says there was an even earlier argument given in Dutch (don't have
    the article, but it's Pullum's "Nobody goes around at LSA meetings
    offering odds").]
Pollack (1986), Plan inference
Mann & Thompson (1987), Rhetorical Structure Theory

      Conceptual Dependency:

Schank (1969), Conceptual Dependency
Schank, Riesbeck, Rieger, Goldman (1975), MARGIE
Cullingford (1979), SAM
Wilensky (1979), PAM
DeJong (1980), FRUMP
Lebowitz (1980), IPP
Dyer (1982), BORIS
Lytinen (1986), MOPTRANS
Hovy (1986), PAULINE
Ram (1989), AQUA
Martin (1986) Direct Memory Access Parsing (DMAP)
Fitzgerald (1995) Indexed Concept Parsing

[24] Publishers

24.1. MIT Press  

24.2. Elsevier

24.3. Kluwer

24.4. Addison Wesley 

24.5. Cambridge University Press 

24.6. CSLI, Stanford

24.7. Springer Verlag

24.8. University of Chicago Press

24.9. Academic Press

[25] Credits

Large parts of the answers to Q. 10, 11, 14, and 20 come from Mark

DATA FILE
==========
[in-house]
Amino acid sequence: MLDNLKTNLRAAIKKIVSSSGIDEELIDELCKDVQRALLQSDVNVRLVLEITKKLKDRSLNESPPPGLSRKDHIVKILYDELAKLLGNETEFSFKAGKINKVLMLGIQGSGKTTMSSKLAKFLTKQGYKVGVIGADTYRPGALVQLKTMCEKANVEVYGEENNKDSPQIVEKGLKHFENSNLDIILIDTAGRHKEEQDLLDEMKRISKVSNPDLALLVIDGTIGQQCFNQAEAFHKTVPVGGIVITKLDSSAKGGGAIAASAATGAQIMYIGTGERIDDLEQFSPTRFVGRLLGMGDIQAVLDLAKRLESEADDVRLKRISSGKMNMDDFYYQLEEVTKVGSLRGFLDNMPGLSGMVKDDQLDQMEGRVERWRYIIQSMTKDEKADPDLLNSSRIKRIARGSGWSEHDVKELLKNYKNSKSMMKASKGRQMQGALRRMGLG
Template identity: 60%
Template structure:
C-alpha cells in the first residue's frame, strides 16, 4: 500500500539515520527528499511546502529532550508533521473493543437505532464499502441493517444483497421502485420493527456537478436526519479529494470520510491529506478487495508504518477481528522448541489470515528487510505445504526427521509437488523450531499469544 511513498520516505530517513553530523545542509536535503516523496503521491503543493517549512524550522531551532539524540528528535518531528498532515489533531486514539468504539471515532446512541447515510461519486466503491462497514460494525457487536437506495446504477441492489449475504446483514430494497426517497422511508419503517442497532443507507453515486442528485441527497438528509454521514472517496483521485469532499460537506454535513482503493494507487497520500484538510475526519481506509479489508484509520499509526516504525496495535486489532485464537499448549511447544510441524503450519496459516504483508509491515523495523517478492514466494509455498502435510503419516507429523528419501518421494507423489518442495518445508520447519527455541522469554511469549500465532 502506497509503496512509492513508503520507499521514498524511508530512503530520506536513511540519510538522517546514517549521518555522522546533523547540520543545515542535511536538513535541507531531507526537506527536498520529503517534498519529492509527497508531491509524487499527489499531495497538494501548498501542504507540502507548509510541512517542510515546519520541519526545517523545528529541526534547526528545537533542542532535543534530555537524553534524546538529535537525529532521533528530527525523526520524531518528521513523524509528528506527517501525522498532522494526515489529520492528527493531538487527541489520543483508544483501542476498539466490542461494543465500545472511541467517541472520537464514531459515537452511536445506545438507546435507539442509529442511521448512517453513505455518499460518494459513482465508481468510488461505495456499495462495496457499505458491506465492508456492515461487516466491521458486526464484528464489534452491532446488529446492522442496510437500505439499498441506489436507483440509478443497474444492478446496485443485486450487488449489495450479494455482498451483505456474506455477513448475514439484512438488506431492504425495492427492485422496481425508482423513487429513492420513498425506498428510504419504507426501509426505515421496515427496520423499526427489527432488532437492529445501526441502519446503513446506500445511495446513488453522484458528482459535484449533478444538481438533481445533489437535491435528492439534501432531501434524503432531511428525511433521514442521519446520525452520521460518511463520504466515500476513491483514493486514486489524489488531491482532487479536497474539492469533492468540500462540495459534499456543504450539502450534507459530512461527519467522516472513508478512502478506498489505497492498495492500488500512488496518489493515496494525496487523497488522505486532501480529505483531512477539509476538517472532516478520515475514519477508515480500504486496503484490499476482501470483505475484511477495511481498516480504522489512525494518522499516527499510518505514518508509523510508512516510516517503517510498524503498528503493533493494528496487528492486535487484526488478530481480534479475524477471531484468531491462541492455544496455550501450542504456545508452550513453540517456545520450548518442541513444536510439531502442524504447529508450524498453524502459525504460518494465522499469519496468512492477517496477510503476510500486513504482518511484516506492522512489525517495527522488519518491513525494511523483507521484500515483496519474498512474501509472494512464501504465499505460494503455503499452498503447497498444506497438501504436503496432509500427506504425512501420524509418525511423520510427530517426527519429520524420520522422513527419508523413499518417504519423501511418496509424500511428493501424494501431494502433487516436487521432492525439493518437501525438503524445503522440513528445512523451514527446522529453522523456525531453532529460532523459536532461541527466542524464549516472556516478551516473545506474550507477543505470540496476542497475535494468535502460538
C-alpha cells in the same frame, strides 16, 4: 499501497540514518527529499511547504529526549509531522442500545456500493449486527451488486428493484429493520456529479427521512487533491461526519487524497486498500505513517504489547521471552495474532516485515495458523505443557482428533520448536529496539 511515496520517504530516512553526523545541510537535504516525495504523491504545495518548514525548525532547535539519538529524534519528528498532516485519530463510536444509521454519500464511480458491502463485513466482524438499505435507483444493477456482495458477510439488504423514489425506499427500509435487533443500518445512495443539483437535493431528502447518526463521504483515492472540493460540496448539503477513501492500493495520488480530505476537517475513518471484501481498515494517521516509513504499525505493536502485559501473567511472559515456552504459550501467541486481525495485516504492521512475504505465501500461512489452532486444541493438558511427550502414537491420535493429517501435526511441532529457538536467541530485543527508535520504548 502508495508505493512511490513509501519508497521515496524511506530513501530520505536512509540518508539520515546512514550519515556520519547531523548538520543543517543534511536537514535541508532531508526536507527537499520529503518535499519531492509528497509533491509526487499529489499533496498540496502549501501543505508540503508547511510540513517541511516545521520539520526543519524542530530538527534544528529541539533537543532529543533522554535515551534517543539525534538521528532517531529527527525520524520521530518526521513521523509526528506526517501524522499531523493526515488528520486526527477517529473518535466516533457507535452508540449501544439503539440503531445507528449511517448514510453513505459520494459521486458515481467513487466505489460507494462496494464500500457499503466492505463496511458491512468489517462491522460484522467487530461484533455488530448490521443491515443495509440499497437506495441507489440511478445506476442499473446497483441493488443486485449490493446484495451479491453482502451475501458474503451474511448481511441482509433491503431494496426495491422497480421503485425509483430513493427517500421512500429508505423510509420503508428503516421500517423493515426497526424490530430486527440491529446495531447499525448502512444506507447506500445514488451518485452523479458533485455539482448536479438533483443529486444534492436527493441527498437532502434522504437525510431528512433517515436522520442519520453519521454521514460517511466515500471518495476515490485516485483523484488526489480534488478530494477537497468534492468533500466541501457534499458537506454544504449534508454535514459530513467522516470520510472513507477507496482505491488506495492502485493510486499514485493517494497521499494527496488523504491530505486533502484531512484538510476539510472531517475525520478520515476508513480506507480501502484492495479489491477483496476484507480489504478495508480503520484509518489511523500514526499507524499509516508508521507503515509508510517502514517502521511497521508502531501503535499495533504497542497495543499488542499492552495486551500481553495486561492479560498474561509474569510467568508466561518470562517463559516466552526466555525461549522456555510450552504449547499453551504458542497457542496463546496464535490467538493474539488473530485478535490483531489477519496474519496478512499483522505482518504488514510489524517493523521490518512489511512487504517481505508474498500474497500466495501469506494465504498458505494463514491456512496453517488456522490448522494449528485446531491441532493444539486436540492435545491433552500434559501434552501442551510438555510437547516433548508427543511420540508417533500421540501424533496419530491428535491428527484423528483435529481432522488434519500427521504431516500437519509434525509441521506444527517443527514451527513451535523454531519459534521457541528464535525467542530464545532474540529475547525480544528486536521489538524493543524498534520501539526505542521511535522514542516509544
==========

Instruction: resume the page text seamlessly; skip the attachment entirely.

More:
Kantrowitz's FAQ. Q.2 is due to Hans Uszkoreit, Q.21 comes from
William Rapaport and Stuart Shapiro. Jan Daciuk compiled most of Q. 24.

 Partial list of contributors (in alphabetical order):

    Avery Andrews   
    Paul Buitelaar 
    Charles Brendan Callaway
    Russell Collingham
    Jan Daciuk     
    Robert Dale    
    Mary Dalrymple 
    Barbara di Eugenio
    Dan Fass       
    John Fry                 fry@Prosit.Stanford.EDU
    Joshua Goodman 
    Malcolm Grandis
    Graeme Hirst   
    Eduard Hovy    
    Mark Kantrowitz
    Stefan Langer  
    Alberto Lavelli
    Lillian Lee              llee@CS.Cornell.EDU
    John McNaught  
    David Pautler  
    Fred Popowich  
    Ashwin Ram     
    Daniel Radzinski
    William J. Rapaport
    David Reitter  
    Hinrich Schuetze         schuetze@Sante.Stanford.EDU
    Stuart Shapiro 
    Jakob Sommer   
    Kevin Thomas   
    R. M. Thomas   
    Hans Uszkoreit 
    Gertjan van Noord
    Ellen Voorhees 
    Jean Veronis   
    Carl Vogel     
    Phil Woodland